Many members think the church’s location along Stevens Creek has helped it recruit members. Even in Cupertino’s lighter traffic days, the church was a landmark on a main thoroughfare. The church had a strong presence in the community in its heyday, as it was a community hub for educators, city government and business leaders, according to Mary Lou Lyon, a former Homestead High School teacher and local historian. Familiar names of early pioneers like Jollyman, Stelling, McClellan, Glendenning, Meyerholtz and Calvert are strewn through the church’s history. Adapting to change Rev. Brady says the essence of church has remained pretty much the same since its first members got together, but there have been some adjustments over years as the area’s demographics have changed.


Focusing on youth is one of those changes. Members said he has put a renewed focus on youth after previous ministries had pushed them to the side. Brady now has a “children’s moment” during his Sunday sermons. “There is such a good mixture now of old and young families. For a while, all you would see was a lot of silver hair,” said Dick Kurkowski, chairman of the church’s board of directors who has attended the church for about 20 years. Eileen Paredes, the church’s youth director, has the task of building up the church’s youth base. She sees that youngsters get a strong balance of religion, charity and community awareness while also bridging the gap between youth and church seniors. The church is also four months away from completing a music hall to share with the predominantly Chinese and locally based Crystal Children’s Choir.

Rev. Brady said Union Church will always be relevant if it remains a welcoming place for those looking for a second family.

“There can be a great sense of disconnect when there is change all around and people sometimes don’t even know their neighbors,” Rev. Brady said. “The great gift of Union Church from its early days to today is a message that we are all in this together. People can be from any part of the country or any part of the world and come together and be a single community.”

(thank you to Matt Wilson of the Cupertino Courier, December 2009)

History Snapshot (from A Tale of Three Churches published by the Union Church of Cupertino in 1976)

Union Church was established in 1884 by a congregation seeking worship programs best meeting their needs. The following timeline details events from the first services to the move to the 1970’s:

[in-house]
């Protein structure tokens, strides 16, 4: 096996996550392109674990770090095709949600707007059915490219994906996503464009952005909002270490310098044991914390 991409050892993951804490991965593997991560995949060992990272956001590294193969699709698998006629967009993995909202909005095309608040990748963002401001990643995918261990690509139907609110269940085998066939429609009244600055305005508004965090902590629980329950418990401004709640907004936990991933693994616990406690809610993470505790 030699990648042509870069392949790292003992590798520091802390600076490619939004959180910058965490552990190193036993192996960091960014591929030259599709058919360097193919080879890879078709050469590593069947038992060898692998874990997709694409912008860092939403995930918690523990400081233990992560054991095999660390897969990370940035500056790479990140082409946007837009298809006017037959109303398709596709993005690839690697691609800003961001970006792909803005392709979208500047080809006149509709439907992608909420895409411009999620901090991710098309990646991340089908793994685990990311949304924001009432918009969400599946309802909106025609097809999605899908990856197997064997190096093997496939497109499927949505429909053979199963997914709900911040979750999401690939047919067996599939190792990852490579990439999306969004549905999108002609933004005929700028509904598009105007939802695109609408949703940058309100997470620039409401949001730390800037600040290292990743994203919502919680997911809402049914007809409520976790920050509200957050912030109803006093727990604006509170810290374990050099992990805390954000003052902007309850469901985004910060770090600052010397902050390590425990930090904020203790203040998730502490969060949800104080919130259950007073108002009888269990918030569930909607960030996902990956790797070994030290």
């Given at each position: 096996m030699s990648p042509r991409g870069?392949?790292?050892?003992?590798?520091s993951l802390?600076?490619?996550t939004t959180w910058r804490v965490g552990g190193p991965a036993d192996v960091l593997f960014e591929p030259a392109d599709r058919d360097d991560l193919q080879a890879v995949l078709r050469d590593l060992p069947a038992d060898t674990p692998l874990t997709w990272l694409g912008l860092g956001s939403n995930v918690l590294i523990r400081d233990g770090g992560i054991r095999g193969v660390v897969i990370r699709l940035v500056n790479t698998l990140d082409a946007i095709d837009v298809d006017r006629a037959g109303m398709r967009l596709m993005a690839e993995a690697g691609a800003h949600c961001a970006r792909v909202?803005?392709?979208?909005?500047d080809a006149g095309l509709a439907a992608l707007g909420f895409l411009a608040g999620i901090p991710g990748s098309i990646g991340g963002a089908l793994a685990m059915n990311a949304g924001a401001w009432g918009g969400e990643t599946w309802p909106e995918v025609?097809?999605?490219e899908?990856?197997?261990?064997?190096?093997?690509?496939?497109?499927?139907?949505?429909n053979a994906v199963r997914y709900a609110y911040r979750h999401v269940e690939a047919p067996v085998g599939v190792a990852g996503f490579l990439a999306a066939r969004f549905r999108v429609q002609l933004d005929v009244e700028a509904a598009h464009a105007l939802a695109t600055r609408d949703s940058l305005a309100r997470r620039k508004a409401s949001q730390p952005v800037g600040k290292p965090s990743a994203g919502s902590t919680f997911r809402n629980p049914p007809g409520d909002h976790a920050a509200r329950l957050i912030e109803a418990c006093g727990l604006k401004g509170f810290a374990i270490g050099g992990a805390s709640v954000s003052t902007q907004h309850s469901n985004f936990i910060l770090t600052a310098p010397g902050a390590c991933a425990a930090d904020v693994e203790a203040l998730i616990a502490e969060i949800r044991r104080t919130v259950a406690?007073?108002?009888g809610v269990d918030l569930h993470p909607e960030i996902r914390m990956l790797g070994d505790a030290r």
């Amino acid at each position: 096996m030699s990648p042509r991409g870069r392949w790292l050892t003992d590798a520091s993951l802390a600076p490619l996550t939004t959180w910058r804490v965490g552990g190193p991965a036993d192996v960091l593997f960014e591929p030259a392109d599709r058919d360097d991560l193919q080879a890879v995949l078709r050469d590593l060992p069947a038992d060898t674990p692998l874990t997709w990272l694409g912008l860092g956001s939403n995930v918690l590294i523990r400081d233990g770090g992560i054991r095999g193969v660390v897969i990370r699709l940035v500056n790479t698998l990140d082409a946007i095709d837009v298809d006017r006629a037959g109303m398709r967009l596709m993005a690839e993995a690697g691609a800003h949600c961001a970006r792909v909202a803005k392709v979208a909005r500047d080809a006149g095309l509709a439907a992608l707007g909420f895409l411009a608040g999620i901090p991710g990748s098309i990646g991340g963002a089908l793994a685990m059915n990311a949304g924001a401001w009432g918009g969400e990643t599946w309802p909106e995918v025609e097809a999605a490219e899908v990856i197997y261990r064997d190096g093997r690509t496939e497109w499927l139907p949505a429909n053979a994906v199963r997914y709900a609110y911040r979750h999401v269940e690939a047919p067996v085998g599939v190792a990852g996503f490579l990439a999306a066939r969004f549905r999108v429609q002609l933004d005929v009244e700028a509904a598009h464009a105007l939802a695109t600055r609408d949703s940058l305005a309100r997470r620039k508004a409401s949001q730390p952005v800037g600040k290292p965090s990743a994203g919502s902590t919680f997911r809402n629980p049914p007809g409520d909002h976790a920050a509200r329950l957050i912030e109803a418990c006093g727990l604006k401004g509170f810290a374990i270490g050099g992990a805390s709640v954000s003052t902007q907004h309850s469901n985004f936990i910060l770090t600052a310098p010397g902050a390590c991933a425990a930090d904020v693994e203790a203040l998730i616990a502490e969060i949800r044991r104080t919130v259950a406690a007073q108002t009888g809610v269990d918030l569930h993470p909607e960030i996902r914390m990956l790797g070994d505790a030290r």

1860’s: First Protestant religious services were held in various homes on Sunday afternoons.

1870’s: Sunday afternoon meetings were held in the newly built San Antonio School. A melodeon was bought to enhance the services.

1880’s: Meetings were moved to the Collins School. The first church building was dedicated on March 30, 1884. The church was chartered as an independent Cupertino Union Parish.

1890’s: Ladies Aid and Christian Endeavor were organized and an addition to the church was built.

1900’s: In June 1900, the Union Church of Cupertino was formally incorporated with 43 charter members. A parsonage was built.

1910’s: Money was raised by subscription and a debt-free church was built at a cost of $6600.

1920’s: Alex Montgomery contributed $5,700 to build a church annex in memory of his wife.

1930’s: The church weathered the depression and its members sustained the church and helped the needy in the community.

1940’s: Membership increased, a nursery was instituted and an organ was purchased.

1950’s: The church was relocated. The new church and Ivan Hall were built. Calvert and Jollyman Halls were moved from the previous site. The first Sunday bulletins were printed, church membership reached 545 and the Sunday school served 300 children.

1960’s: Montgomery Hall was built. A church secretary was hired and annual reports were presented in printed form.

1970’s: All Choir Festivals became part of the yearly program, a new organ was purchased and eight memorial stained-glass windows were dedicated.